What is “Standard of Care?” in Medical Malpractice
If you are facing a medical injury or suffered at the hands of a careless healthcare provider, then you are already dealing with a lot of uncertainty. In some cases, people lose their spouses, children and other close relatives, simply because someone failed to follow standard guidelines. This is commonly referred to as malpractice. But what exactly does someone have to prove in order to succeed in a medical malpractice case in Georgia?
At the most basic level, an injured patient must prove (1) a violation of the standard of care by the defendant (2) that proximately caused the claimed injury or death. All medical malpractice cases require expert testimony to prove the precise standard of care, the defendant’s violation of it, and resulting injuries.
Professional Negligence Explained
Medical malpractice is actually a form of professional negligence, a special type of negligence that applies to those in society who have such specialized knowledge and skills that it can be difficult for lay people to recognize or understand if negligence occurred. Therefore, expert testimony is required to explain how the defendant’s actions or inactions deviated from what a prudent and reasonable professional would have done under the same or similar circumstances. Therefore, the law treats medical malpractice cases differently from other forms of negligence such as car accidents.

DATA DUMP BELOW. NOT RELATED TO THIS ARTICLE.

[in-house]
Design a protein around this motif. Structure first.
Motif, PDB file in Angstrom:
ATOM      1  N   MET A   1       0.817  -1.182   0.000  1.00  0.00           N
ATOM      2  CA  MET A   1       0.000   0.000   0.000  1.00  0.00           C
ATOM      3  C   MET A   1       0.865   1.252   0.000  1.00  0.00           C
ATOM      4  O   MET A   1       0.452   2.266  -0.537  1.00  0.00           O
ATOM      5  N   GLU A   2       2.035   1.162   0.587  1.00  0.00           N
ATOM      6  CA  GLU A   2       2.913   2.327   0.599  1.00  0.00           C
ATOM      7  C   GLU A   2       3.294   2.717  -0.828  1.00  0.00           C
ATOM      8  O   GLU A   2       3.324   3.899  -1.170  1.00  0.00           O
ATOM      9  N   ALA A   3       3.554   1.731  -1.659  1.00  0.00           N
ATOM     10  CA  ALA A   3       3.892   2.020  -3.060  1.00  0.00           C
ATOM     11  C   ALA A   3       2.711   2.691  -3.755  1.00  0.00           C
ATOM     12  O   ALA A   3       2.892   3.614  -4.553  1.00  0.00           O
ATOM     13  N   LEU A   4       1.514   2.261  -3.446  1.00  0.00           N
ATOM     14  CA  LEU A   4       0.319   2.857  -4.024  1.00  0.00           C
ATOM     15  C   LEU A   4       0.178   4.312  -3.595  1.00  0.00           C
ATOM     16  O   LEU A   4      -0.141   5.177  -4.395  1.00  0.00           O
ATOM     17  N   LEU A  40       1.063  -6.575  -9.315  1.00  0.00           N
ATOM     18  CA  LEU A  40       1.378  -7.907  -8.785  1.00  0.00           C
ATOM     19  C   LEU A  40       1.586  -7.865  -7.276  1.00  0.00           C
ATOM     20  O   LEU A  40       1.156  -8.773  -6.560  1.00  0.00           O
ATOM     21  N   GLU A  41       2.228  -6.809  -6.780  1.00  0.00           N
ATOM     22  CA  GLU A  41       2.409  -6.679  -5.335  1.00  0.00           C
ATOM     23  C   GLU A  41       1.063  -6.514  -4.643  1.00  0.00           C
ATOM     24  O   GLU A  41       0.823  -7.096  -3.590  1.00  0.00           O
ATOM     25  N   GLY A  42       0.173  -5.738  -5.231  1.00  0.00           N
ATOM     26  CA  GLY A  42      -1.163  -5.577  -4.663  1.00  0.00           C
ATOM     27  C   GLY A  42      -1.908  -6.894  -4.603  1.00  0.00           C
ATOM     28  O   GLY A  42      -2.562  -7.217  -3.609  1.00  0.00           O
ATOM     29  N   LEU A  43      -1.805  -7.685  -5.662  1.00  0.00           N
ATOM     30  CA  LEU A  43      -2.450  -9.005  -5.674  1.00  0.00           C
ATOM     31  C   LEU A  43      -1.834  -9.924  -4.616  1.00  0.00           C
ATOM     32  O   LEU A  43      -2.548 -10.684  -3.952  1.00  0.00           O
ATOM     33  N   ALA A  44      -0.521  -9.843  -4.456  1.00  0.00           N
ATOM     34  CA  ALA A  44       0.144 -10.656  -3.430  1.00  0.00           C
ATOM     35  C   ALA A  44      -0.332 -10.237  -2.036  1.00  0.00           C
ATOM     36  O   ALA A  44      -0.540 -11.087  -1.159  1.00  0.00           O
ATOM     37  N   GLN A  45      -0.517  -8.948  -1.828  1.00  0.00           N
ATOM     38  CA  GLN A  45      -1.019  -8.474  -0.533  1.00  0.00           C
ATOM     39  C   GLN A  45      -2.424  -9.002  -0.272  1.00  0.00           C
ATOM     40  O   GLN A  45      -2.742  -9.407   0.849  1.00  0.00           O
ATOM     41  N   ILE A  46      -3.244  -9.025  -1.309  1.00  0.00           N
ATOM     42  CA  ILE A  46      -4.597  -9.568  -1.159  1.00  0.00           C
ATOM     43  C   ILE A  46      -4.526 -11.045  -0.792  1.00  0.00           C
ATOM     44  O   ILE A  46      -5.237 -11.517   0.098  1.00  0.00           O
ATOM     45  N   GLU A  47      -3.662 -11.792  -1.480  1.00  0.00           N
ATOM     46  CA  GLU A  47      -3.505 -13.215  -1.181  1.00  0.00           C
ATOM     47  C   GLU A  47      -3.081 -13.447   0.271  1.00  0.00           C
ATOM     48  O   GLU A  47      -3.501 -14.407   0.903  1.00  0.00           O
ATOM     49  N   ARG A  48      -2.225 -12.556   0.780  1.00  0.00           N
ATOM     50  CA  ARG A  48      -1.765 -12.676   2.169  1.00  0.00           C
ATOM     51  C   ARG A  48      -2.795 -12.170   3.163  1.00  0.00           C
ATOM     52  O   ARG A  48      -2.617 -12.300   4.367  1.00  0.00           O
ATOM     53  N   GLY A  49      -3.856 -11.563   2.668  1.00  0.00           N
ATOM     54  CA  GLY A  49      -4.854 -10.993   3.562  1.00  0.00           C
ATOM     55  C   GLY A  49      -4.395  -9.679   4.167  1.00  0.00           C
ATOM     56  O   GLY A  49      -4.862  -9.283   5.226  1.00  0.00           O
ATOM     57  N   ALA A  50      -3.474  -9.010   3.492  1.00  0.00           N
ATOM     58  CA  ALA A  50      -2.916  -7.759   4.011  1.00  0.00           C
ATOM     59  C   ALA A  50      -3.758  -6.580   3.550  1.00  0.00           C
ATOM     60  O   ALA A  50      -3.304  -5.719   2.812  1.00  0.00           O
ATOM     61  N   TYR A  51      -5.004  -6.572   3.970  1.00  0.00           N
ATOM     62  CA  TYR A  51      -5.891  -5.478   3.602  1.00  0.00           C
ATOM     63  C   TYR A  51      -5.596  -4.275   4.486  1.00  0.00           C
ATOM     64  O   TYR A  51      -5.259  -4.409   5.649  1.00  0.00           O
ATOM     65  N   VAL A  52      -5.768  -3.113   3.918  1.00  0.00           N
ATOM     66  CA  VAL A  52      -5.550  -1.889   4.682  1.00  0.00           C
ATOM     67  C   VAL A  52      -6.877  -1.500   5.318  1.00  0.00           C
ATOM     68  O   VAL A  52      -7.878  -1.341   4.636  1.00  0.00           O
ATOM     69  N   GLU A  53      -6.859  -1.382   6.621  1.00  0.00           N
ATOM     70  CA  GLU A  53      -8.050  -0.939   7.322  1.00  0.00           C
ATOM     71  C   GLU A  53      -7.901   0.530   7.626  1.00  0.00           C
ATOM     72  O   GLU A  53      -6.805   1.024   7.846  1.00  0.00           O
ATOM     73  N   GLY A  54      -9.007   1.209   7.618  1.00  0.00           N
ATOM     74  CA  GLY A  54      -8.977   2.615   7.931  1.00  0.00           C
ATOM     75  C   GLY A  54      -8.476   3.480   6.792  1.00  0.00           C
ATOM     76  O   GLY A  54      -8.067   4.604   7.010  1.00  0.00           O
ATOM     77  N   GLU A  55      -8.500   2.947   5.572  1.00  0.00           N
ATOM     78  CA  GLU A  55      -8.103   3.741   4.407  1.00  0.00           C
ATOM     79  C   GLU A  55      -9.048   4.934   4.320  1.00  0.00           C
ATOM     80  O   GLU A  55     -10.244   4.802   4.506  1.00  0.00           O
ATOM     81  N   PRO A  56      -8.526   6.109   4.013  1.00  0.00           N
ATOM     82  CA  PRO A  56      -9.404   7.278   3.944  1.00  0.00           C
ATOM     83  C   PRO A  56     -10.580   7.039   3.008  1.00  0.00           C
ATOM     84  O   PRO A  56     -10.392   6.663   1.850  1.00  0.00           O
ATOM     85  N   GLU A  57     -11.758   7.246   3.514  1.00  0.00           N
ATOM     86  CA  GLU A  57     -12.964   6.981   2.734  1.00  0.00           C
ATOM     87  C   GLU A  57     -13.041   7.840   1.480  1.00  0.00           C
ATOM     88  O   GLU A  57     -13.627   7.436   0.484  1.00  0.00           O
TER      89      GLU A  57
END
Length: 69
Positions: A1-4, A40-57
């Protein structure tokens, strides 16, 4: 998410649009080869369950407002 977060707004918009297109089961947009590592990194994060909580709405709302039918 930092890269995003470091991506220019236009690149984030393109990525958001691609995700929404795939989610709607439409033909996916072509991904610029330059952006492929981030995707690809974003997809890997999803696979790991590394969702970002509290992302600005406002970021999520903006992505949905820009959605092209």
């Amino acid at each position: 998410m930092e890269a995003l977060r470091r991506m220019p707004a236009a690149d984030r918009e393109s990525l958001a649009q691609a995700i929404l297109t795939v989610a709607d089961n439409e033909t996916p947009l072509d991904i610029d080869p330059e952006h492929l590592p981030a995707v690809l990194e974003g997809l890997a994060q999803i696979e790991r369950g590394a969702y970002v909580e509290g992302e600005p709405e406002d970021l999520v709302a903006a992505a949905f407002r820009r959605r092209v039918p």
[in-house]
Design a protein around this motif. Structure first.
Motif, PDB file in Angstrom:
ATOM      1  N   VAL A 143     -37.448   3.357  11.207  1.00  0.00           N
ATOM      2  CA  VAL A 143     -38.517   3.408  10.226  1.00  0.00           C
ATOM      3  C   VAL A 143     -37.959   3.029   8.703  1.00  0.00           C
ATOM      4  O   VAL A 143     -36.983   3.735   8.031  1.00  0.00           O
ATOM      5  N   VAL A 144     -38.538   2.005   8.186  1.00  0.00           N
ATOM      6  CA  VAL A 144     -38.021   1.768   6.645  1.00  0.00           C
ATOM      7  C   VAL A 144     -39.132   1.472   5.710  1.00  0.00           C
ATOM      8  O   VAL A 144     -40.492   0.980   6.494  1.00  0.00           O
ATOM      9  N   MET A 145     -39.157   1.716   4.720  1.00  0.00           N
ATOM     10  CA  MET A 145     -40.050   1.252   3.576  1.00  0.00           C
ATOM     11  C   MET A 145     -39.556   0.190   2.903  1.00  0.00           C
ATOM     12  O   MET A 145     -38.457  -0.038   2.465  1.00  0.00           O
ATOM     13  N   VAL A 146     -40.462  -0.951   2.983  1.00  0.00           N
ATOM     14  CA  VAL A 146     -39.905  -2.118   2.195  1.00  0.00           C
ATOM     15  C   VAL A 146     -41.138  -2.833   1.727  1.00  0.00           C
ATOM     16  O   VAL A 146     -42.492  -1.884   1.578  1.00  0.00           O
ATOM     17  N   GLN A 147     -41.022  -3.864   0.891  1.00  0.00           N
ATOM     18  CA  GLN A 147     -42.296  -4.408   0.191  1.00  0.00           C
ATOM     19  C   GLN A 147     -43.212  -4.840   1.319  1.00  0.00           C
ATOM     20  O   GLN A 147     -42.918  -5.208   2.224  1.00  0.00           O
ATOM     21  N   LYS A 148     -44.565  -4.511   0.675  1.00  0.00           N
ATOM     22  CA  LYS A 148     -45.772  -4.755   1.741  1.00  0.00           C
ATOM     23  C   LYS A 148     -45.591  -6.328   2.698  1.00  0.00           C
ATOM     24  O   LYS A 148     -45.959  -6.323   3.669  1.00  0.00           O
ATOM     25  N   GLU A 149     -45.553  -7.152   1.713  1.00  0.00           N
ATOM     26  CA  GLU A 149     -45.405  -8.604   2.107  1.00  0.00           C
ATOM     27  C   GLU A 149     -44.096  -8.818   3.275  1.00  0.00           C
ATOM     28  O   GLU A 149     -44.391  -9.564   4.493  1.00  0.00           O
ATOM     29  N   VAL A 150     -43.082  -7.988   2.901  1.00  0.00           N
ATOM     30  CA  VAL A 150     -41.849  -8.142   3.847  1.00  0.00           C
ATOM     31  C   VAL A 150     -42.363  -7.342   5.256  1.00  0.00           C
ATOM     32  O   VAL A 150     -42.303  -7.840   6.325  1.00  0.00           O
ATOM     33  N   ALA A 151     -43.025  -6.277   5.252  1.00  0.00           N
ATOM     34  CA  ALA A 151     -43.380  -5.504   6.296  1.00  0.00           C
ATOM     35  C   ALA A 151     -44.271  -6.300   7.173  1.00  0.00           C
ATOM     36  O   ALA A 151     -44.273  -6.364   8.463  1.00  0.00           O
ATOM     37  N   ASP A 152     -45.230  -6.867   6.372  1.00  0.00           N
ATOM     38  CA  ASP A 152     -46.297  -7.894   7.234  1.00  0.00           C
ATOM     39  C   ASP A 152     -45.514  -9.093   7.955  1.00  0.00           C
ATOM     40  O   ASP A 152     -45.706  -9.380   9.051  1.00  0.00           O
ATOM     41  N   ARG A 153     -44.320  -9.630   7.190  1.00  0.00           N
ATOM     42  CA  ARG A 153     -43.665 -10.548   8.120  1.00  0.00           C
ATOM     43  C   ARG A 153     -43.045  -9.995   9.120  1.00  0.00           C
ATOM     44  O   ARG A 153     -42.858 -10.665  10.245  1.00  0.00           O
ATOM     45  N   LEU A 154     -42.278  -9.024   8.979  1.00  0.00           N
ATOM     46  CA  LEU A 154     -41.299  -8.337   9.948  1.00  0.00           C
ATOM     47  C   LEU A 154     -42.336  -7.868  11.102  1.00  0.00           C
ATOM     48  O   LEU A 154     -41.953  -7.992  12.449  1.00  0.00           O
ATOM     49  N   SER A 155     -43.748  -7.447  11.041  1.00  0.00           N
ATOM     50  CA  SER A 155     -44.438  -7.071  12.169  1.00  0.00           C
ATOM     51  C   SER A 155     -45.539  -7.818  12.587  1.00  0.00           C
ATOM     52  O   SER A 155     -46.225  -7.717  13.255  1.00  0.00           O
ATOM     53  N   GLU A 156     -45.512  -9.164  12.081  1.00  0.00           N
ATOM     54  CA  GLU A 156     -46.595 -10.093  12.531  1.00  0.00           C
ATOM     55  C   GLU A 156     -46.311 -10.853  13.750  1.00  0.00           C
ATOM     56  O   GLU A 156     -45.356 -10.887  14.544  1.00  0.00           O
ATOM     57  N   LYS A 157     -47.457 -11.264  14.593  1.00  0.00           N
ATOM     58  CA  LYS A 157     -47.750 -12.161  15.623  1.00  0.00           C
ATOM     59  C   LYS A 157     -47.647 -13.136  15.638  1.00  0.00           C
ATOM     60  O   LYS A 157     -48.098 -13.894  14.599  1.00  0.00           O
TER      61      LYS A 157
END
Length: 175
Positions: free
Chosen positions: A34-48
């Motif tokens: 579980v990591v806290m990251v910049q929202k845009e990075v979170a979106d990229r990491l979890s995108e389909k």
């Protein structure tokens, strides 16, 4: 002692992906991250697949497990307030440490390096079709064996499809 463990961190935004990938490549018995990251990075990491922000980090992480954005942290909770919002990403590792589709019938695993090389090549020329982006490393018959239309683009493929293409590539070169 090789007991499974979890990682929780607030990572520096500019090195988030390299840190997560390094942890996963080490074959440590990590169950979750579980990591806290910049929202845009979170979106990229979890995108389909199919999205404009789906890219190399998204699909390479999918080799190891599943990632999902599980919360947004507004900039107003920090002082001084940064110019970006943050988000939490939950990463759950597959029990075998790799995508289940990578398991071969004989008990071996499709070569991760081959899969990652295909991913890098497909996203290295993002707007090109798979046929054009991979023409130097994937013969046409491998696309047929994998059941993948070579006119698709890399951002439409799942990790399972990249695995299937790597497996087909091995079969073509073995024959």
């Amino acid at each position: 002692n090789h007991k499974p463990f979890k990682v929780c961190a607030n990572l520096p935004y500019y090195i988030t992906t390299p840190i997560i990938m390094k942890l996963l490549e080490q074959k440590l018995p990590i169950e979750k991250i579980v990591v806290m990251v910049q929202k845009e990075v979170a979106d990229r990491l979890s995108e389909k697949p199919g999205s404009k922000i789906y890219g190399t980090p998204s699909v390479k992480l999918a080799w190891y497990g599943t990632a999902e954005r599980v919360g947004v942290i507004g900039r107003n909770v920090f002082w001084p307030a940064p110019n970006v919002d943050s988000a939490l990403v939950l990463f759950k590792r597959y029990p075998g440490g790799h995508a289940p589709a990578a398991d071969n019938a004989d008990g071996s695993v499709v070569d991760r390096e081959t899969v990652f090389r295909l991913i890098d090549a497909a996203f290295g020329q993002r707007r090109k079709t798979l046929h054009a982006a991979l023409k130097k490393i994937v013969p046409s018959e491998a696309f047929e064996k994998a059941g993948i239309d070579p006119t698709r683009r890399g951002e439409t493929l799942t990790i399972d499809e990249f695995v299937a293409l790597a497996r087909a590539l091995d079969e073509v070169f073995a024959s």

Poor Outcomes are Not Necessarily Malpractice
Another misconception people have about malpractice is that if a doctor makes a recommendation or performs a procedure and the outcome is unfavorable or even catastrophic, this must be medical negligence. A bad outcome does not necessarily equate to negligence. The exercise of medical judgment, even when the choice turns out to be the wrong one, is generally not enough to show a failure in the standard of care. Indeed, this is spelled out to jurors at the beginning and end of each case in jury instructions.
So, What is Below the Standard of Care?
For a health provider to fall below the standard of care, the plaintiff must prove that the defendant’s conduct was outside what a reasonably prudent health professional who is trained in the same field would have done. So, for instance, a fundamental step in all surgical procedures is the “time out,” during which everyone in an operating room has a task to double check. Utensils are counted, medications are double checked, and a checklist is performed to make sure that everyone knows the correct body part, procedure, and patient are involved. If a physician or surgical team were to ignore this fundamental step and proceed to amputate an incorrect body part, or perform an unnecessary surgery on the wrong patient, then it would be a violation of the standard of care.
Ultimately, experienced malpractice lawyers who handle these cases everyday must work closely with skilled medical experts to build and develop cases and prove their theories to the jury. If you’ve been injured by a negligent hospital, physician or other health professional, contact our Atlanta medical malpractice attorneys at Carroll Law Firm, LLC today to set up a complimentary initial consultation with one of our dedicated malpractice lawyers.